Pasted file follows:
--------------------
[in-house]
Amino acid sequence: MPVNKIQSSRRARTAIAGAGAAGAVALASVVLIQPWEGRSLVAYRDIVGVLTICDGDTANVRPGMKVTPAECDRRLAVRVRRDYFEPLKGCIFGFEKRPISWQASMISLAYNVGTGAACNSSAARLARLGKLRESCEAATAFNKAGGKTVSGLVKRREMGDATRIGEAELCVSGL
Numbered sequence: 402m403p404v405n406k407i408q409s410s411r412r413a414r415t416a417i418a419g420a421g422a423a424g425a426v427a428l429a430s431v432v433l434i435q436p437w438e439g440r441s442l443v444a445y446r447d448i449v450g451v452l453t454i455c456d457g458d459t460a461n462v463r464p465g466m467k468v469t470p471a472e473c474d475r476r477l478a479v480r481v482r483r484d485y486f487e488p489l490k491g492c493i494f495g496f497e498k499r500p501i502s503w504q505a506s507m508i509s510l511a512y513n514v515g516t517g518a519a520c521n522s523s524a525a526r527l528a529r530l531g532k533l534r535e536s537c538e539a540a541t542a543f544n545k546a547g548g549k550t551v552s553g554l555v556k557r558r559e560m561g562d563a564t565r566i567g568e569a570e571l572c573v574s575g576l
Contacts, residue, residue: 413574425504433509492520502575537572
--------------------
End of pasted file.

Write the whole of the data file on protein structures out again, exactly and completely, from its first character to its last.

[in-house]
Amino acid sequence: MPVNKIQSSRRARTAIAGAGAAGAVALASVVLIQPWEGRSLVAYRDIVGVLTICDGDTANVRPGMKVTPAECDRRLAVRVRRDYFEPLKGCIFGFEKRPISWQASMISLAYNVGTGAACNSSAARLARLGKLRESCEAATAFNKAGGKTVSGLVKRREMGDATRIGEAELCVSGL
Numbered sequence: 402m403p404v405n406k407i408q409s410s411r412r413a414r415t416a417i418a419g420a421g422a423a424g425a426v427a428l429a430s431v432v433l434i435q436p437w438e439g440r441s442l443v444a445y446r447d448i449v450g451v452l453t454i455c456d457g458d459t460a461n462v463r464p465g466m467k468v469t470p471a472e473c474d475r476r477l478a479v480r481v482r483r484d485y486f487e488p489l490k491g492c493i494f495g496f497e498k499r500p501i502s503w504q505a506s507m508i509s510l511a512y513n514v515g516t517g518a519a520c521n522s523s524a525a526r527l528a529r530l531g532k533l534r535e536s537c538e539a540a541t542a543f544n545k546a547g548g549k550t551v552s553g554l555v556k557r558r559e560m561g562d563a564t565r566i567g568e569a570e571l572c573v574s575g576l
Contacts, residue, residue: 413574425504433509492520502575537572